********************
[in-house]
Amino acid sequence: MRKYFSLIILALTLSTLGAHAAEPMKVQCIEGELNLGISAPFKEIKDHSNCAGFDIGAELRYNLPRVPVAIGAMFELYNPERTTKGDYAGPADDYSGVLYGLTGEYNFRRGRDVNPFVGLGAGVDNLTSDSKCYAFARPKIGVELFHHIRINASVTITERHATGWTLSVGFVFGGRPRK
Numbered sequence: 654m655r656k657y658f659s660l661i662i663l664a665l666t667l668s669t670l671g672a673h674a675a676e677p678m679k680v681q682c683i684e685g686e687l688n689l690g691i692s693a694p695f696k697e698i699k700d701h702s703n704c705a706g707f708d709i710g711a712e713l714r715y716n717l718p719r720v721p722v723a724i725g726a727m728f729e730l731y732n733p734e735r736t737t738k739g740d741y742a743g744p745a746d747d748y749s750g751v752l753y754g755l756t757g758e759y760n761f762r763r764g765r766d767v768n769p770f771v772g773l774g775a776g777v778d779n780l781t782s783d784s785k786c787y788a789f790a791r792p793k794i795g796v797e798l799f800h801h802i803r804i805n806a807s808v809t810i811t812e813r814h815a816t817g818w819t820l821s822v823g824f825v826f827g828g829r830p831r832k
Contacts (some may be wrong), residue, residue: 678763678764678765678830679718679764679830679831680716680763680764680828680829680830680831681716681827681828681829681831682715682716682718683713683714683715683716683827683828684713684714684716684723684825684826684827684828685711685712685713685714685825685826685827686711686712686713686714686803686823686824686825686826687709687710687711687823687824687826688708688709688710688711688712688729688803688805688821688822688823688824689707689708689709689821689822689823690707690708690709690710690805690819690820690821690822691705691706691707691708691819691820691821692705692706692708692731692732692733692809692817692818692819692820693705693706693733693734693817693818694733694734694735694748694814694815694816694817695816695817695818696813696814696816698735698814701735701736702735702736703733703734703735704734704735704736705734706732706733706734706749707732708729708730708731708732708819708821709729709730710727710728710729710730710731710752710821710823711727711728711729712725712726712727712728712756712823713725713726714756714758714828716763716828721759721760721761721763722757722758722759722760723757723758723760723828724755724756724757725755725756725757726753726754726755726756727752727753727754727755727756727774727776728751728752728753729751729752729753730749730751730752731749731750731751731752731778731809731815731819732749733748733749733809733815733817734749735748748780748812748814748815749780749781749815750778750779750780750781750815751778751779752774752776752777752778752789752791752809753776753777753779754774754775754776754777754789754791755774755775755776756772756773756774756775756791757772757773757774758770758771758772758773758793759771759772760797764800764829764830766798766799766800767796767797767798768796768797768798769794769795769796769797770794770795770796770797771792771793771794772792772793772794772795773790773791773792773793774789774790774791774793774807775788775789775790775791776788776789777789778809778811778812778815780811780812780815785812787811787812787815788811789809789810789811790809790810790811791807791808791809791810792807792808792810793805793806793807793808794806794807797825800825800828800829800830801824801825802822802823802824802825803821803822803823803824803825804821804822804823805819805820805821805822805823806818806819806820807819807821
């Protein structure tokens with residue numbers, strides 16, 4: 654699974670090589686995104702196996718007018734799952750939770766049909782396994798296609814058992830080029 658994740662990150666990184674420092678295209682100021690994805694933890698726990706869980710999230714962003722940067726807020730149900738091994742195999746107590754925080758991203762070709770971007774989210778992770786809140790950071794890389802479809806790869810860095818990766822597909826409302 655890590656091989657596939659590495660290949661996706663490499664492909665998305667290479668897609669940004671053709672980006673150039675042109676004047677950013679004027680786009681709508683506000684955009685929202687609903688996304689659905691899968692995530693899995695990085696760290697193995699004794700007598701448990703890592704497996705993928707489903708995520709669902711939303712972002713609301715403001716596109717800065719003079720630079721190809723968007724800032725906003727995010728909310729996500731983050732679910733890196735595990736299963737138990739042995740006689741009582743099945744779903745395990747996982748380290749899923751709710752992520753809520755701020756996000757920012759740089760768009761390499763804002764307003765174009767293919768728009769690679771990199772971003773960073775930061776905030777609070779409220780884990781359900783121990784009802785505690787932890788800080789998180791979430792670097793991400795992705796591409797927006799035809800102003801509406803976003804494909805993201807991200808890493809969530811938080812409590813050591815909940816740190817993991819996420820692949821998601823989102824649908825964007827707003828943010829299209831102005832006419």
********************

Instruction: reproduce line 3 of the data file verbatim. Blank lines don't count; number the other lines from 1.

Numbered sequence: 654m655r656k657y658f659s660l661i662i663l664a665l666t667l668s669t670l671g672a673h674a675a676e677p678m679k680v681q682c683i684e685g686e687l688n689l690g691i692s693a694p695f696k697e698i699k700d701h702s703n704c705a706g707f708d709i710g711a712e713l714r715y716n717l718p719r720v721p722v723a724i725g726a727m728f729e730l731y732n733p734e735r736t737t738k739g740d741y742a743g744p745a746d747d748y749s750g751v752l753y754g755l756t757g758e759y760n761f762r763r764g765r766d767v768n769p770f771v772g773l774g775a776g777v778d779n780l781t782s783d784s785k786c787y788a789f790a791r792p793k794i795g796v797e798l799f800h801h802i803r804i805n806a807s808v809t810i811t812e813r814h815a816t817g818w819t820l821s822v823g824f825v826f827g828g829r830p831r832k